Radio must pay to play based on revenue

The Performance Rights Act would for the first time require that broadcast radio stations pay performers and record labels when their music is played on the air.

Following broadcasters’ concerns that the bill would cut into their business at a time of shrinking ad sales, the House version was amended to include a tiered system of payments based on station revenues.

  • Royalty rates for stations that have annual gross revenues of $1.25 million or more would be established by the Copyright Royalty Board if broadcasters and performers are unable to negotiate rates on their own.

  • Commercial stations that gross less than $100,000 per year will pay a $500 annual fee.

  • Commercial stations that gross more than $100,000 and less than $500,000 pay a $2,500 annual fee.

  • Commercial stations that gross more than $500,000 and less than $1.25 million will pay a $5,000 annual fee.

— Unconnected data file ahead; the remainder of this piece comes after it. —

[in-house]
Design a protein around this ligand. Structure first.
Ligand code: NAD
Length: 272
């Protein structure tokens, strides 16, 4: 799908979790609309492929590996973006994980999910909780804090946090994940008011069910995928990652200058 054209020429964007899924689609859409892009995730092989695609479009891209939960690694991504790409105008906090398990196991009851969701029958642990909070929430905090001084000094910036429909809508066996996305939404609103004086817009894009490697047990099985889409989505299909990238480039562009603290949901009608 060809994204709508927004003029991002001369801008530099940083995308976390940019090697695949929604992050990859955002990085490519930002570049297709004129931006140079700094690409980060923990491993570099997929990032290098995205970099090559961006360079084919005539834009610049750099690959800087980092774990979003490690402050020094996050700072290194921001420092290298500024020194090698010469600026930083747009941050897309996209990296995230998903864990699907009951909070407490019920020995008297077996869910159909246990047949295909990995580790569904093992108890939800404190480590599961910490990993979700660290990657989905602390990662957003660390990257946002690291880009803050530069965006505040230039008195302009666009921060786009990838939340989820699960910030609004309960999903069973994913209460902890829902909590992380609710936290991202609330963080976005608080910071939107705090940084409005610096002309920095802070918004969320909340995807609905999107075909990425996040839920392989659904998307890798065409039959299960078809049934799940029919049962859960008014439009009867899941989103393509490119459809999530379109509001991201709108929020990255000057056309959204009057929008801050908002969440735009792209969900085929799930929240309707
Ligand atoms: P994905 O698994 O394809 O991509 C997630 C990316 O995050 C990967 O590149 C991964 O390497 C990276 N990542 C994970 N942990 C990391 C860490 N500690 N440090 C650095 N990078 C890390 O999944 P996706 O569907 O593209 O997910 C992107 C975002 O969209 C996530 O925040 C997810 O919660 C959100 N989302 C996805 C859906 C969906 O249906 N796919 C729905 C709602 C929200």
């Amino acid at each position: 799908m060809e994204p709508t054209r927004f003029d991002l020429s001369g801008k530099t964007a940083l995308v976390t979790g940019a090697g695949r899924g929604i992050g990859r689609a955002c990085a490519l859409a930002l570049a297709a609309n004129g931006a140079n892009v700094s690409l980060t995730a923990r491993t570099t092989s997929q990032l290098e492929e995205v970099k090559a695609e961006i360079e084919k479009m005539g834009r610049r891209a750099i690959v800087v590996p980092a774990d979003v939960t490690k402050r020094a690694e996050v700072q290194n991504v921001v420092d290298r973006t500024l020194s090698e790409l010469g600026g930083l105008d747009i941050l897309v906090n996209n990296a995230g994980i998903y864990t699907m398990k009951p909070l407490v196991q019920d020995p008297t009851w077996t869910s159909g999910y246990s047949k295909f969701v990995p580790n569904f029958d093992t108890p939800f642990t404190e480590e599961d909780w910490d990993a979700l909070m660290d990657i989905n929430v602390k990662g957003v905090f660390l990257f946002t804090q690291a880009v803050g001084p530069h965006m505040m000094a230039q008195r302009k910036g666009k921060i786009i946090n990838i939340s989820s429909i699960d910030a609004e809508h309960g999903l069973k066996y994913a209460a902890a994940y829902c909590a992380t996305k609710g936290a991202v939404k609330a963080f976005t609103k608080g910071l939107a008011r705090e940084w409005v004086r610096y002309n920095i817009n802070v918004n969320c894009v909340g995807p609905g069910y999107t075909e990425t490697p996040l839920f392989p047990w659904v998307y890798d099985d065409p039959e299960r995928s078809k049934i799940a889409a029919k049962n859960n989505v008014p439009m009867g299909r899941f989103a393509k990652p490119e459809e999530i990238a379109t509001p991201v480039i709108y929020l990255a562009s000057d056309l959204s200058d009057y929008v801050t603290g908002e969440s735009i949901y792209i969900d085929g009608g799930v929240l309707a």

• Public, nonprofit religious and college music stations that gross less than $100,000 will pay a $500 annual fee. Those above $100,000 will pay a $1,000 fee.

None of the royalties will take effect for at least a year. For stations that gross less than $5 million per year, no royalties will be due for three years. For those above that figure, none would be due for another 12 months.

See related article: Artists hope bill will make radio stations pay

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